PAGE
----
U.S.: 16 people now sickened from hepatitis A linked to blackberries
The U.S. Food and Drug Administration (FDA) has reported that 16 people have now been sickened from a hepatitis A outbreak linked to blackberries.
The FDA and Centers for Disease Control (CDC) are investigating illnesses in Indiana, Michigan, Minnesota, Missouri, Nebraska, and Wisconsin.
It says these are potentially linked to fresh conventional blackberries from the grocery store, Fresh Thyme Farmers Market.
The company says that there is no evidence any of the product was contaminated via handling in its stores.
Of the 16 people who have fallen ill, nine have been hospitalized. The most recent illness onset date on Nov. 15, 2019.
The FDA said that although the ill patients reported consuming fresh conventional blackberries in six states, traceback information to date shows that these berries came from a distribution center that ships fresh berries to Fresh Thyme Farmers Market stores in 11 states.
These are Iowa, Illinois, Indiana, Kentucky, Michigan, Minnesota, Missouri, Nebraska, Ohio, Pennsylvania and Wisconsin.
"As this investigation continues, the FDA will work with our federal and state partners to obtain additional information during the traceback investigation and will update this advisory as more information becomes available," the FDA said.
The FDA is urging consumers to not eat any fresh conventional blackberries if purchased between Sept. 9- 30 from Fresh Thyme Farmers Market stores in the 11 states mentioned above.
People who purchased the fresh blackberries and then froze those berries for later consumption should not eat these berries.
Statement from Fresh Thyme Farmers Market
In a statement on Tuesday, Fresh Thyme Farmers Market said it is fully cooperating with the relevant agencies on the investigation and awaiting the next steps.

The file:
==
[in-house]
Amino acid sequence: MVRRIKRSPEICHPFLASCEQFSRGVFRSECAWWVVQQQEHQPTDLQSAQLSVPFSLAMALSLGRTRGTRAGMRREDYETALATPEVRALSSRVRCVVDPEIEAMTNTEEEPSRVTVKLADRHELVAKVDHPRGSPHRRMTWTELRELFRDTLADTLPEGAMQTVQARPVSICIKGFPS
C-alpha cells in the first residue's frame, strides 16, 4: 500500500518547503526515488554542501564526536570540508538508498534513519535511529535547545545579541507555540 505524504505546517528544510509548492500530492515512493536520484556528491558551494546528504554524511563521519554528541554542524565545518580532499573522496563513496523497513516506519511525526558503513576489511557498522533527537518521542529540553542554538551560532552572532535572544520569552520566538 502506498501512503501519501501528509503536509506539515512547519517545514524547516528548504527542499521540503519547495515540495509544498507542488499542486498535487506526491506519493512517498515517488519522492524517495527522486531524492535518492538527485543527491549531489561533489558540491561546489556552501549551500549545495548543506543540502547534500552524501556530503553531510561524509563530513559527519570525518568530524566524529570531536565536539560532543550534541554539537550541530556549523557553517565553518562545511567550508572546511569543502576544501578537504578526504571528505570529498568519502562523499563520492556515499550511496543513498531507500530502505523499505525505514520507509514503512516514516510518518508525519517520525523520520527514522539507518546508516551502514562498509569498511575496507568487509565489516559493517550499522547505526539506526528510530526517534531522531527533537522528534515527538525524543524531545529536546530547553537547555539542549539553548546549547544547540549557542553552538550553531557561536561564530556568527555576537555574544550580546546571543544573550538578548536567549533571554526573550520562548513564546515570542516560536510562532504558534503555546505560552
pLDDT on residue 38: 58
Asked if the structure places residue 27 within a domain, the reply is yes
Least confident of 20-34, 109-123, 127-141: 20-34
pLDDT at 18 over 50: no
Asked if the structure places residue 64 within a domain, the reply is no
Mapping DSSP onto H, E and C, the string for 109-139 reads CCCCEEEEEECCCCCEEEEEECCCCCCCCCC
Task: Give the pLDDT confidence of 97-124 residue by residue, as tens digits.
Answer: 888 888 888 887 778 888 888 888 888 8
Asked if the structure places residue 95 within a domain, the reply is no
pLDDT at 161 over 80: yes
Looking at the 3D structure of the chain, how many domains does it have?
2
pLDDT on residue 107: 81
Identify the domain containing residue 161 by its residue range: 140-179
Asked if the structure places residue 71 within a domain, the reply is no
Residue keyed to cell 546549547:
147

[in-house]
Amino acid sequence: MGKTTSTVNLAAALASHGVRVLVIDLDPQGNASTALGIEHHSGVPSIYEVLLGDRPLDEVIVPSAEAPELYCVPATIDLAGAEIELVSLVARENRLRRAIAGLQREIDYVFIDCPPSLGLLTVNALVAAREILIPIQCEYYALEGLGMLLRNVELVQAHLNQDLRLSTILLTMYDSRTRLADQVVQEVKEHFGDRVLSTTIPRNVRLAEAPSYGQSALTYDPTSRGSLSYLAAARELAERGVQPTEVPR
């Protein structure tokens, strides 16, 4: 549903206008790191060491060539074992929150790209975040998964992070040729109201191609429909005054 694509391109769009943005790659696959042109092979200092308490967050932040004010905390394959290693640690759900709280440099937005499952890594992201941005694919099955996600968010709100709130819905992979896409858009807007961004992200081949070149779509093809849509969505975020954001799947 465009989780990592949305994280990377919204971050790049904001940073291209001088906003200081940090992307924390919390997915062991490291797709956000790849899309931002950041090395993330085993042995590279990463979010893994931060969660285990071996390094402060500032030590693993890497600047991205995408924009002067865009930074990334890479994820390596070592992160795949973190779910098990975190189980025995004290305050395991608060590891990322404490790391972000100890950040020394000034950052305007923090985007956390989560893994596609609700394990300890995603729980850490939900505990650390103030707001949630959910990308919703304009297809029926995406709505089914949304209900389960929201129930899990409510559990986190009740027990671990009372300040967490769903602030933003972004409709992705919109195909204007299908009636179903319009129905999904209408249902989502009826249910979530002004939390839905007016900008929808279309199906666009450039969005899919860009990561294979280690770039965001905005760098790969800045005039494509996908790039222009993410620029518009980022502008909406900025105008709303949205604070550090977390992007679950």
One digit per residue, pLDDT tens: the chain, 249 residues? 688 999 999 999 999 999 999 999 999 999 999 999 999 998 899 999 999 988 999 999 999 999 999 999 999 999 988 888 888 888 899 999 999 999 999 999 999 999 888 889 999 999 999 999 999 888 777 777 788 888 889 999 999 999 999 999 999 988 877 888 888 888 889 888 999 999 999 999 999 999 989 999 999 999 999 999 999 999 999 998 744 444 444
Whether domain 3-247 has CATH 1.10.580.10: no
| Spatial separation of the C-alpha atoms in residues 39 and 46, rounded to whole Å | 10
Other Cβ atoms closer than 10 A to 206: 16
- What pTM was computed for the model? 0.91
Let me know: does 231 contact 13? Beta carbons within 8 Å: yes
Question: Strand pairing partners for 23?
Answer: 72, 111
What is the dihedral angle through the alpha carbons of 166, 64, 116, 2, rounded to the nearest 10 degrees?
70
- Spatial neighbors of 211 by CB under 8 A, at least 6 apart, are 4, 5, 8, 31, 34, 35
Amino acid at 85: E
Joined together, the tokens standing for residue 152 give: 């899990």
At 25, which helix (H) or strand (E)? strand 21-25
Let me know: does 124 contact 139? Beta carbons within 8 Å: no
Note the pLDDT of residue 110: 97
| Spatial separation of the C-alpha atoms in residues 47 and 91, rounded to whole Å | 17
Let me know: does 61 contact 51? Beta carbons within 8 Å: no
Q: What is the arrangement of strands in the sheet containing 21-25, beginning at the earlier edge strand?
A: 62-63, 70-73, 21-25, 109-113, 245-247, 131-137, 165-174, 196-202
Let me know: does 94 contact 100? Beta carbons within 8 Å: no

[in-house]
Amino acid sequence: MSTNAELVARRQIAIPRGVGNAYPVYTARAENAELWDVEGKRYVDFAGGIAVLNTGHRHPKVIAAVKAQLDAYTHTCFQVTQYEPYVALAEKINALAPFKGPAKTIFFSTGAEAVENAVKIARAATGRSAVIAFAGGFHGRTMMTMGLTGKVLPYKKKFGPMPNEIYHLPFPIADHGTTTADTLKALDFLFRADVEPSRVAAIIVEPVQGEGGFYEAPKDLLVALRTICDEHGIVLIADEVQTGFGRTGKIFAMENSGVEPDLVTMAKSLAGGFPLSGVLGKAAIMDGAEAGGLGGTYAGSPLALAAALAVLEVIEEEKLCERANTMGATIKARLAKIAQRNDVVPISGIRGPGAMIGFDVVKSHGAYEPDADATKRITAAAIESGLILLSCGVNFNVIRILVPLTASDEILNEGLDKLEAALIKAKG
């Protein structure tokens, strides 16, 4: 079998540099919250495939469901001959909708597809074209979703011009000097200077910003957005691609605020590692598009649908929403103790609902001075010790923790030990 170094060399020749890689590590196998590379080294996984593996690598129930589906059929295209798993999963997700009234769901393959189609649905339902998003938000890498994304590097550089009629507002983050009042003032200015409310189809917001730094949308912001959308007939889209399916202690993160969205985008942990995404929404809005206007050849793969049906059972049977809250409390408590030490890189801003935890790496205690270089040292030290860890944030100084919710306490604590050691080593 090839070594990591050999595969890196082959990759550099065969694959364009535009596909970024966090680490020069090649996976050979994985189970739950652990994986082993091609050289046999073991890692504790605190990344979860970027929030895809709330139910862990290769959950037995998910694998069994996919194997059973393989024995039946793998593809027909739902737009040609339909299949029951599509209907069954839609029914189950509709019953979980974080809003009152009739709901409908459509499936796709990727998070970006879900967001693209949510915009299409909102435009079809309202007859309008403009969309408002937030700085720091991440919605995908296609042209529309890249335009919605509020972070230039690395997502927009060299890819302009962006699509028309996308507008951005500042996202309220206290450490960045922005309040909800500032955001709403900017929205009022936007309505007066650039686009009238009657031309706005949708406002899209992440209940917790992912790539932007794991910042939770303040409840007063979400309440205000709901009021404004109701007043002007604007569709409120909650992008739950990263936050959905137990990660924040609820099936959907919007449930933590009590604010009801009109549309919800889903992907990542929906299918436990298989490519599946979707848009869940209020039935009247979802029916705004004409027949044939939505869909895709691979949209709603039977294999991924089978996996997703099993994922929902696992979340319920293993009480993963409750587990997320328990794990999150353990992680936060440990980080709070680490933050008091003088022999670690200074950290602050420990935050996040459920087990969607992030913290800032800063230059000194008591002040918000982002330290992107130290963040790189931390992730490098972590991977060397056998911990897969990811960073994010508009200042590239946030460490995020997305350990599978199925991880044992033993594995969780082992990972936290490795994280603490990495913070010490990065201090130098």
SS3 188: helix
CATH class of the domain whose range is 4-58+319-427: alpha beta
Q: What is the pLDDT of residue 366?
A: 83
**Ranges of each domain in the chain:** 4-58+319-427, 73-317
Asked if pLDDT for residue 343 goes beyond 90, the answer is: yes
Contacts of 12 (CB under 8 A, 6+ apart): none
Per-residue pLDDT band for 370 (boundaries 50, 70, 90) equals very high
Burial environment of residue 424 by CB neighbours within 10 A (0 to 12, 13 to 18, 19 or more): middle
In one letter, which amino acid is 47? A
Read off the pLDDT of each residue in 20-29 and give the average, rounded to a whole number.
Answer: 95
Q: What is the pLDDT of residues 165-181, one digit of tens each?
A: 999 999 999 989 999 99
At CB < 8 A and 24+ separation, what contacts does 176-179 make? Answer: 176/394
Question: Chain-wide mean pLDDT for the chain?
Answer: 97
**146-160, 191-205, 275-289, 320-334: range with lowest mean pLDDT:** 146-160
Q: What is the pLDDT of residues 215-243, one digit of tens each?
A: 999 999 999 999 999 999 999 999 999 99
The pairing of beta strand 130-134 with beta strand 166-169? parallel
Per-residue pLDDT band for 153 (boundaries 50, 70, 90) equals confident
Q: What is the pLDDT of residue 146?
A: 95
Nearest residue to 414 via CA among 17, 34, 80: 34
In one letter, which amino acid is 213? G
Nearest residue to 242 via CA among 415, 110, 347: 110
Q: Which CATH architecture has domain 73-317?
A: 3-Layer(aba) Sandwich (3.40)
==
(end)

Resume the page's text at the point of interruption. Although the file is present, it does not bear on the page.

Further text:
"At this time, there is no reason to believe that any of the product was contaminated via handling in our stores," it said.
"In addition, the agencies are ONLY concerned with product purchased between September 9 and September 30; product purchased or consumed outside of these dates are NOT subject to the investigation. We are working with these agencies to identify our suppliers and isolate the source of this contamination.
"Fresh Thyme takes the health and safety of our customers and our team members very seriously. Fresh Thyme Farmers Market has a stringent process for ensuring compliance to all local, state and federal health and hygiene regulations."
It added that if any of its customers have any of the fresh conventional blackberries purchased between Sept 9 - 30, remaining in their refrigerators or freezers, they should discard them immediately or return them to Fresh Thyme for a refund.
"Again, Fresh Thyme is committed to the health and safety of our customers, and we will continue to work closely with these agencies to determine the source of the contamination," it said.
Nebraska woman sues
Meanwhile, a Nebraska woman who contracted hepatitis A after eating blackberries she bought at a Fresh Thyme grocery store has sued the company, KETV reports.
The woman who filed the lawsuit on Nov. 27 , Kerrie Tabaka, says she was hospitalized for a week for treatment and continues to experience fatigue and other symptoms.